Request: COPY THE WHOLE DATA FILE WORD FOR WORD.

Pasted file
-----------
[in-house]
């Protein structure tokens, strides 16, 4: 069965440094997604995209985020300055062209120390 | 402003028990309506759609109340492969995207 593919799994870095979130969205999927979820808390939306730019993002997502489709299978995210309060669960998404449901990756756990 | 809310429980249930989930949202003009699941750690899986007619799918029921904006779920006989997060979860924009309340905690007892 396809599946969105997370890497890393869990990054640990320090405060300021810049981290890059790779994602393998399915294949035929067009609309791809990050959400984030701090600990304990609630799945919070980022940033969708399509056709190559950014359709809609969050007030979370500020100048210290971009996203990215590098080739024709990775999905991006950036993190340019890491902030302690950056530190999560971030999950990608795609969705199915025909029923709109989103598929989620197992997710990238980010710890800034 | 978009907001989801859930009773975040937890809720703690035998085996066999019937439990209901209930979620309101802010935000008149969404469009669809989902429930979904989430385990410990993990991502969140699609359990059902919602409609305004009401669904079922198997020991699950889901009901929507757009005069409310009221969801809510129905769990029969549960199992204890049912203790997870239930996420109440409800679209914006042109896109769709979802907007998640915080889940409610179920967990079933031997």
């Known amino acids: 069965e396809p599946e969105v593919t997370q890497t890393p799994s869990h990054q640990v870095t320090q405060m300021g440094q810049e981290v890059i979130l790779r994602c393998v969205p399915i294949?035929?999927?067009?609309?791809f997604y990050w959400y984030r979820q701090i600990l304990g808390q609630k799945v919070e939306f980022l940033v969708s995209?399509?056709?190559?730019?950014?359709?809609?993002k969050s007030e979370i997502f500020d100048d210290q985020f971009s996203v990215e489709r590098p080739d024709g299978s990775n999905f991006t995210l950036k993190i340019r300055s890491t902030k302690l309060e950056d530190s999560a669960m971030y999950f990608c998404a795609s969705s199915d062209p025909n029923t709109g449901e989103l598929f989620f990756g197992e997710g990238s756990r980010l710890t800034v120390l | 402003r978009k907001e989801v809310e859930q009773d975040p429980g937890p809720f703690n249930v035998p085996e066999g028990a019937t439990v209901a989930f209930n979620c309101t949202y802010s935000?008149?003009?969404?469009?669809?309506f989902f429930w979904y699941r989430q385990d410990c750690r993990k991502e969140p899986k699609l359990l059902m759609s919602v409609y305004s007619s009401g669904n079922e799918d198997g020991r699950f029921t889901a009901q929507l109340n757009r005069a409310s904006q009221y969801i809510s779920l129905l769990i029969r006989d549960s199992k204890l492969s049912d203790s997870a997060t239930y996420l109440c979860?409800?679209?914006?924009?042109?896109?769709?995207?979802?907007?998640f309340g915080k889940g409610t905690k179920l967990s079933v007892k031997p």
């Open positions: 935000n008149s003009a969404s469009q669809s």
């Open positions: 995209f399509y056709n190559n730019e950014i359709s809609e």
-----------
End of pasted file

[in-house]
């Protein structure tokens, strides 16, 4: 069965440094997604995209985020300055062209120390 | 402003028990309506759609109340492969995207 593919799994870095979130969205999927979820808390939306730019993002997502489709299978995210309060669960998404449901990756756990 | 809310429980249930989930949202003009699941750690899986007619799918029921904006779920006989997060979860924009309340905690007892 396809599946969105997370890497890393869990990054640990320090405060300021810049981290890059790779994602393998399915294949035929067009609309791809990050959400984030701090600990304990609630799945919070980022940033969708399509056709190559950014359709809609969050007030979370500020100048210290971009996203990215590098080739024709990775999905991006950036993190340019890491902030302690950056530190999560971030999950990608795609969705199915025909029923709109989103598929989620197992997710990238980010710890800034 | 978009907001989801859930009773975040937890809720703690035998085996066999019937439990209901209930979620309101802010935000008149969404469009669809989902429930979904989430385990410990993990991502969140699609359990059902919602409609305004009401669904079922198997020991699950889901009901929507757009005069409310009221969801809510129905769990029969549960199992204890049912203790997870239930996420109440409800679209914006042109896109769709979802907007998640915080889940409610179920967990079933031997």
């Known amino acids: 069965e396809p599946e969105v593919t997370q890497t890393p799994s869990h990054q640990v870095t320090q405060m300021g440094q810049e981290v890059i979130l790779r994602c393998v969205p399915i294949?035929?999927?067009?609309?791809f997604y990050w959400y984030r979820q701090i600990l304990g808390q609630k799945v919070e939306f980022l940033v969708s995209?399509?056709?190559?730019?950014?359709?809609?993002k969050s007030e979370i997502f500020d100048d210290q985020f971009s996203v990215e489709r590098p080739d024709g299978s990775n999905f991006t995210l950036k993190i340019r300055s890491t902030k302690l309060e950056d530190s999560a669960m971030y999950f990608c998404a795609s969705s199915d062209p025909n029923t709109g449901e989103l598929f989620f990756g197992e997710g990238s756990r980010l710890t800034v120390l | 402003r978009k907001e989801v809310e859930q009773d975040p429980g937890p809720f703690n249930v035998p085996e066999g028990a019937t439990v209901a989930f209930n979620c309101t949202y802010s935000?008149?003009?969404?469009?669809?309506f989902f429930w979904y699941r989430q385990d410990c750690r993990k991502e969140p899986k699609l359990l059902m759609s919602v409609y305004s007619s009401g669904n079922e799918d198997g020991r699950f029921t889901a009901q929507l109340n757009r005069a409310s904006q009221y969801i809510s779920l129905l769990i029969r006989d549960s199992k204890l492969s049912d203790s997870a997060t239930y996420l109440c979860?409800?679209?914006?924009?042109?896109?769709?995207?979802?907007?998640f309340g915080k889940g409610t905690k179920l967990s079933v007892k031997p």
């Open positions: 935000n008149s003009a969404s469009q669809s």
């Open positions: 995209f399509y056709n190559n730019e950014i359709s809609e």